By Janet Sankale
The Prosecutor will have to wait longer for the International Criminal Court’s ruling on his request to resume investigations in Afghanistan as the authorities representing that country are properly identified.
The court’s Pre-Trial Chamber II asked the Secretary-General of the United Nations (UN) and the Bureau of the Assembly of States Parties (ASP) to identify the authorities currently representing the Islamic Republic of Afghanistan, saying it needs the information by November 8, 2021 to help it make an informed decision in the matter of the Prosecutor’s request.
The chamber, composed of Judge Rosario Salvatore Aitala (presiding), Judge Antoine Kesia-Mbe Mindua, and Judge Tomoko Akane, explained why the UN and the ASP were the right entities to undertake the task: “Because of their respective institutional mandates, the entities suitable to provide this type of information at this stage are (i) the Secretary-General of the United Nations, as the depository of the original of the Statute and of instruments of ratification, acceptance, approval or accession to it pursuant to articles 126 and 128 of the Statute, and (ii) the Bureau of the Assembly of States Parties, the court’s governing body, to both of which Afghanistan is, and remains, a party.”
The judges noted the importance of properly identifying the authorities in Afghanistan.
“Contrary to what is stated by the Prosecutor, the request cannot therefore be legally adjudicated without addressing the ‘question of which entity actually constitutes the state authorities of Afghanistan since August 15, 2021’; rather, this question is central to the triggering of the procedure under Article 18(2) of the Statute,” the judges said in their ruling dated October 8, 2021.
Article 18(2), on preliminary rulings regarding admissibility, states: “Within one month of receipt of that notification, a state may inform the court that it is investigating or has investigated its nationals or others within its jurisdiction with respect to criminal acts which may constitute crimes referred to in Article 5 and which relate to the information provided in the notification to states. At the request of that state, the Prosecutor shall defer to the state’s investigation of those persons unless the Pre-Trial Chamber, on the application of the Prosecutor, decides to authorise the investigation.”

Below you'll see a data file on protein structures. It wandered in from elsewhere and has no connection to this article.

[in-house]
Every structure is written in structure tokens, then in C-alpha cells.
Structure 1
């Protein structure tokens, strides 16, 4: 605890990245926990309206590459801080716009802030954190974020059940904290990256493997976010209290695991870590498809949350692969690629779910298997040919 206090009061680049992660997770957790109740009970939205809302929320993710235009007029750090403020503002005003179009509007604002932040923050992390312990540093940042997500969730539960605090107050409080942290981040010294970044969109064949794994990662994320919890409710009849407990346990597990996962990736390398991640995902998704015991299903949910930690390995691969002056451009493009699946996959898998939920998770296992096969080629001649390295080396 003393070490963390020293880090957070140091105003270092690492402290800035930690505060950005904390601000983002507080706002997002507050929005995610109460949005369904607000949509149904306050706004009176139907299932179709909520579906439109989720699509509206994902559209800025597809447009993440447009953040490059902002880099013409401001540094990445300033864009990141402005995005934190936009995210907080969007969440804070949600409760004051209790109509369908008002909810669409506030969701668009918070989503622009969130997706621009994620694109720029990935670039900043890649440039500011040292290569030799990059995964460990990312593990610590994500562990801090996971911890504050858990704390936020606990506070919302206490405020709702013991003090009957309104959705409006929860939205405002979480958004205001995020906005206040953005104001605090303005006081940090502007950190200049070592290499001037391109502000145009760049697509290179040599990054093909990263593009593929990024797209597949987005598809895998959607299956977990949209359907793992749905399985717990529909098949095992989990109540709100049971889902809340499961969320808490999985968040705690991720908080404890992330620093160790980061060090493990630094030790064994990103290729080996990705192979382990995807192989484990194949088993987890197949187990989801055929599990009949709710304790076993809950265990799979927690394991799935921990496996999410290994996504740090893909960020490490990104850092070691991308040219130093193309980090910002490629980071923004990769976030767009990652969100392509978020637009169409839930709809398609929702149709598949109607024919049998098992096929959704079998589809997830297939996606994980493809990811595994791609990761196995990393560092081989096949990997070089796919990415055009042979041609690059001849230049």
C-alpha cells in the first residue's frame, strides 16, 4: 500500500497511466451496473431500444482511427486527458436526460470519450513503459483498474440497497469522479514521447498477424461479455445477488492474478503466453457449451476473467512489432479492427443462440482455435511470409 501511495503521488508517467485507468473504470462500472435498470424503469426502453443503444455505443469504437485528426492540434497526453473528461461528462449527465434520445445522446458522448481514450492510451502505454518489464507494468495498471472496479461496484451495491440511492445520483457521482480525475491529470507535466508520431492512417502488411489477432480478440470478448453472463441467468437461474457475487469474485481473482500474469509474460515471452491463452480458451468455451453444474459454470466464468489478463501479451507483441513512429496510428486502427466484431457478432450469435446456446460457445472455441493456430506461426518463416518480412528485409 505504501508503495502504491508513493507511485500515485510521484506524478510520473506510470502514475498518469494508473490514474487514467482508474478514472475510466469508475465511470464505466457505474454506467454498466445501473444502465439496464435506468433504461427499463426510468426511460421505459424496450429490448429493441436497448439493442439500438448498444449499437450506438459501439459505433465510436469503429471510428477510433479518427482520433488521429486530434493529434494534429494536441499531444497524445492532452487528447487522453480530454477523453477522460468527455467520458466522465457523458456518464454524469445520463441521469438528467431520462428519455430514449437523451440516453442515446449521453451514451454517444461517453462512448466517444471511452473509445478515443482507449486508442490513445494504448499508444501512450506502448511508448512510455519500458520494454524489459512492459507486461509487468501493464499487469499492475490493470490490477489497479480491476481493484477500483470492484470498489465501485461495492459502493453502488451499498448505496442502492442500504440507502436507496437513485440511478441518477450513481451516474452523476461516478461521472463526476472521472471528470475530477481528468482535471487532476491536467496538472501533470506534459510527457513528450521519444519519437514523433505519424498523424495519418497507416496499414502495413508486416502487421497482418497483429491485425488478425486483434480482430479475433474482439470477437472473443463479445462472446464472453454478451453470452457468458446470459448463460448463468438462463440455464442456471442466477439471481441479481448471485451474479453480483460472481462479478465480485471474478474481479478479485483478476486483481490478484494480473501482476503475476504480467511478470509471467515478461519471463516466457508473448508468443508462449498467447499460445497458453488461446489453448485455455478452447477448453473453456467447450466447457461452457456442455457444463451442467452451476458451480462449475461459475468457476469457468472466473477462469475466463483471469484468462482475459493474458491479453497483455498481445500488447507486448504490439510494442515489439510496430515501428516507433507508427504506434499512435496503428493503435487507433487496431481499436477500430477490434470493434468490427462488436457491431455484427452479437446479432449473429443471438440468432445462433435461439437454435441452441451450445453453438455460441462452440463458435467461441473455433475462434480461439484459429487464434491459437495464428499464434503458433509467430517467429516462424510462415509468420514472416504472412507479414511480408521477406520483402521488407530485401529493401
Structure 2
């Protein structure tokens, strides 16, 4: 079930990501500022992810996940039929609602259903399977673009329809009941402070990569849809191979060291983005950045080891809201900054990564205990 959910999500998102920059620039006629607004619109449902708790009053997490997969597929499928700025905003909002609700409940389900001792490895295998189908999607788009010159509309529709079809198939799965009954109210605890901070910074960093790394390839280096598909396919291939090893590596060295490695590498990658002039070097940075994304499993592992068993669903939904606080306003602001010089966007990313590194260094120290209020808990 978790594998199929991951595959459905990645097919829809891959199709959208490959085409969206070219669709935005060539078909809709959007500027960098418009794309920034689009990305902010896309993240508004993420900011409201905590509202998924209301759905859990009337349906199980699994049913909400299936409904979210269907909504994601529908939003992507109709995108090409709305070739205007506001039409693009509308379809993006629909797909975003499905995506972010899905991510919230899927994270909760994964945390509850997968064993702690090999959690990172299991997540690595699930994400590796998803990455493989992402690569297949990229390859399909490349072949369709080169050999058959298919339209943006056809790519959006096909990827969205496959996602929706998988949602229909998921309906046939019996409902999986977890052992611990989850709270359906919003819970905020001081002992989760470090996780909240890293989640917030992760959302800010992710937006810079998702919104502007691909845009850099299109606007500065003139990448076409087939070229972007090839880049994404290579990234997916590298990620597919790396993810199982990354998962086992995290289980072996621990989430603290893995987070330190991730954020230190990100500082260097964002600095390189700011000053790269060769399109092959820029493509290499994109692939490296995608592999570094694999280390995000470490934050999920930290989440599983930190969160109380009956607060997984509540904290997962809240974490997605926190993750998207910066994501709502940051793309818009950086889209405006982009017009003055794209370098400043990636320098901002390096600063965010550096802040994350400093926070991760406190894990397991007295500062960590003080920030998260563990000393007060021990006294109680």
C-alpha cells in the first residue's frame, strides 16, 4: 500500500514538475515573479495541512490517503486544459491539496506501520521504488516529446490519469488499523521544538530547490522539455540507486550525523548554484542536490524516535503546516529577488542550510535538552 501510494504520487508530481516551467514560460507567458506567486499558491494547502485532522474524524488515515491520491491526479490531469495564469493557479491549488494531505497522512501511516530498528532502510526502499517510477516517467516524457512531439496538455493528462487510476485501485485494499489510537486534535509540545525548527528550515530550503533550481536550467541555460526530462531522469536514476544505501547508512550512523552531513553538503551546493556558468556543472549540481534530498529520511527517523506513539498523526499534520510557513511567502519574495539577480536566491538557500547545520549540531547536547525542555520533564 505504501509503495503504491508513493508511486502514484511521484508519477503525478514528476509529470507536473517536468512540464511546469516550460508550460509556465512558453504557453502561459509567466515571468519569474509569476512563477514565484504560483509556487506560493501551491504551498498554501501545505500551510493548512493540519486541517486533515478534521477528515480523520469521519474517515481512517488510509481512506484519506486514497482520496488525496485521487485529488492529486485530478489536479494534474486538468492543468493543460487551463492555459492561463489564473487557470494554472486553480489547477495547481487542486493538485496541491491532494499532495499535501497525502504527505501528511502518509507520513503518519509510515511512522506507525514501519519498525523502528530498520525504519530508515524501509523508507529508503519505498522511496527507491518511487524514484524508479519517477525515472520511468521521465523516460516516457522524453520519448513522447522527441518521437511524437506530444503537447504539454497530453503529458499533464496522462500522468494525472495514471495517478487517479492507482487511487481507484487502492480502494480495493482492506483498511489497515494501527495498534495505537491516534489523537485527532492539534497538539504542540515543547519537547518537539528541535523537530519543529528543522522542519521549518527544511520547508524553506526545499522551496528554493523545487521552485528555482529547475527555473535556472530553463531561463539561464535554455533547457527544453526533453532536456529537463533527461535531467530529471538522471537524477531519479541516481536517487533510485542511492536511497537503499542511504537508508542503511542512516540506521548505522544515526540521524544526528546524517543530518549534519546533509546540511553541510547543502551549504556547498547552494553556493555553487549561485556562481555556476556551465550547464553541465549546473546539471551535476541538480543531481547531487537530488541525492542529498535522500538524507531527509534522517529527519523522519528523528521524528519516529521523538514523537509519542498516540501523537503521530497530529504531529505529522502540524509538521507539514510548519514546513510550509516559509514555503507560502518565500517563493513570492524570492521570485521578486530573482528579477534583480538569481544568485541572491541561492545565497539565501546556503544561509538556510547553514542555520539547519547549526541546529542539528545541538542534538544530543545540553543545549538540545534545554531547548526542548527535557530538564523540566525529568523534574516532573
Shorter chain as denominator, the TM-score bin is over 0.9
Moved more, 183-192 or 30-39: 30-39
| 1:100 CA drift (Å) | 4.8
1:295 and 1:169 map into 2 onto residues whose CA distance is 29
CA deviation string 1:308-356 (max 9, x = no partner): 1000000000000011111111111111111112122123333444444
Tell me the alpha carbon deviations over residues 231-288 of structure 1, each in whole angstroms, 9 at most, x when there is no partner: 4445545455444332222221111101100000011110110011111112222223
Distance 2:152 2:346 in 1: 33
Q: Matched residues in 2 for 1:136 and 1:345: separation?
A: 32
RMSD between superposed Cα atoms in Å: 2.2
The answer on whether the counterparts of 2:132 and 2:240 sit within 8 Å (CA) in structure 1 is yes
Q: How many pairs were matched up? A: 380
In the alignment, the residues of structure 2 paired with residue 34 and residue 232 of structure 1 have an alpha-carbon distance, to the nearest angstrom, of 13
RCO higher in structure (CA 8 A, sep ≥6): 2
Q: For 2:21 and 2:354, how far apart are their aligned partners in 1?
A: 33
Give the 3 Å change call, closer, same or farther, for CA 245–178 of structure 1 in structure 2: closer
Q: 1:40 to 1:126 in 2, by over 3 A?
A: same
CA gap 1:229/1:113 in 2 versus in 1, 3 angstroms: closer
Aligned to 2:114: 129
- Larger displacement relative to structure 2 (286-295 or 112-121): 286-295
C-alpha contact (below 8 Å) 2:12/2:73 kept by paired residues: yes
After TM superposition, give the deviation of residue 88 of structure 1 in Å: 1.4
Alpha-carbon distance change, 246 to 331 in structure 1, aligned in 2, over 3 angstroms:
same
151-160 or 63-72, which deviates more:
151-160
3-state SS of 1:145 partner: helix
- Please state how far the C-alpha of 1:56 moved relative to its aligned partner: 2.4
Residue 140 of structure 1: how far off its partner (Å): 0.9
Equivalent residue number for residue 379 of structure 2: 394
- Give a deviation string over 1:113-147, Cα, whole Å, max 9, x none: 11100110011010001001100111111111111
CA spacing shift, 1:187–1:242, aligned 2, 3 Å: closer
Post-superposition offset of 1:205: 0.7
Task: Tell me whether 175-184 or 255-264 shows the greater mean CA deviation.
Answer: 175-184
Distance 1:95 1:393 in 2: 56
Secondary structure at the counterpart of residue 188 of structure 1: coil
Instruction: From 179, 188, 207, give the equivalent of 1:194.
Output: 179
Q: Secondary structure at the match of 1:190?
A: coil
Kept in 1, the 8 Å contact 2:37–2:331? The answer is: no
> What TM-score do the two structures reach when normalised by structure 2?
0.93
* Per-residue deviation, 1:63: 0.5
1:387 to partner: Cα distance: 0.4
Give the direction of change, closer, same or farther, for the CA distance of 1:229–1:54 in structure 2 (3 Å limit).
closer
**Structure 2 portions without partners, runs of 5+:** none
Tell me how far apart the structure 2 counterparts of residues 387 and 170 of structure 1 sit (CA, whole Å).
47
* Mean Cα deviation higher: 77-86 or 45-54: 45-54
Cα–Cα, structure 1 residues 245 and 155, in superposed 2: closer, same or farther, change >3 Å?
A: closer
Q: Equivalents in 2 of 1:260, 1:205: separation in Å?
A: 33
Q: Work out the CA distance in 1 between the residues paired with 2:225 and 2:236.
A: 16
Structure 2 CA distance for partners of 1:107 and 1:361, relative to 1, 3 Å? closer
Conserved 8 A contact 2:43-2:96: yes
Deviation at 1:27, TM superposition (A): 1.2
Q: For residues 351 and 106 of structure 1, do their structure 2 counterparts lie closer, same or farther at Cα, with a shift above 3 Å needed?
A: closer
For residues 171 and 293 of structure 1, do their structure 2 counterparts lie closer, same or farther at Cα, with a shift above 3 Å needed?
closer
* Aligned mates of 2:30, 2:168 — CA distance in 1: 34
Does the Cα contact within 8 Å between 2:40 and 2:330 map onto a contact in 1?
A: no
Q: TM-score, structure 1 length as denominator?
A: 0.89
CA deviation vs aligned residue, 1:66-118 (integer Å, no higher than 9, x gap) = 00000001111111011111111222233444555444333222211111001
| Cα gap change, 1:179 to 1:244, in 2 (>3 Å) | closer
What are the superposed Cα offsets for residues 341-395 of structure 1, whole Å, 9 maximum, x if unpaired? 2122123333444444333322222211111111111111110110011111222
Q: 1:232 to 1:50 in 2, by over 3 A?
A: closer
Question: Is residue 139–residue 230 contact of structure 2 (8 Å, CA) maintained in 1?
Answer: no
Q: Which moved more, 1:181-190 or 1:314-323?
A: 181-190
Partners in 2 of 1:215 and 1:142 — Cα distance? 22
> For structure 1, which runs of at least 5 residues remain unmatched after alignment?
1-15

In his application dated September 27, 2021, Prosecutor Karim Khan had outlined the developments in Afghanistan that had led to his request to be allowed to resume investigations with a special focus on the Taliban and the Islamic State, despite the existence of a deferral request by the Afghanistan government, which had wanted to take over the cases.
“… from May 4, 2021, Taliban forces opposed to the government of President Ghani had commenced a new offensive in provinces across Afghanistan. By August 6, 2021, they had seized several provincial capitals, and by August 15, 2021, Taliban forces had entered the national capital city, Kabul. On the same day, President Ashraf Ghani left Afghanistan. By the following day, at an emergency meeting of the UN Security Council on August 16, 2021, member states referred to the “disintegrat [ion]” of the “leadership of the central government” in Afghanistan, and the “de facto control” of the Taliban over much of the territory,” he said.
In its response, the chamber noted the Prosecutor’s concerns that past agreements with the government of Afghanistan might not be respected.
“The Prosecutor states that the events having taken place on the territory of Afghanistan as of August 15, 2021 ‘may constitute an unconstitutional transition of power’, as a consequence of which there would ‘be no basis to presume any continuity of policies’ with those examined by the Office of the Prosecutor when assessing the deferral request.”
However, it insisted on proper and legal identification of concerned authorities before considering the request.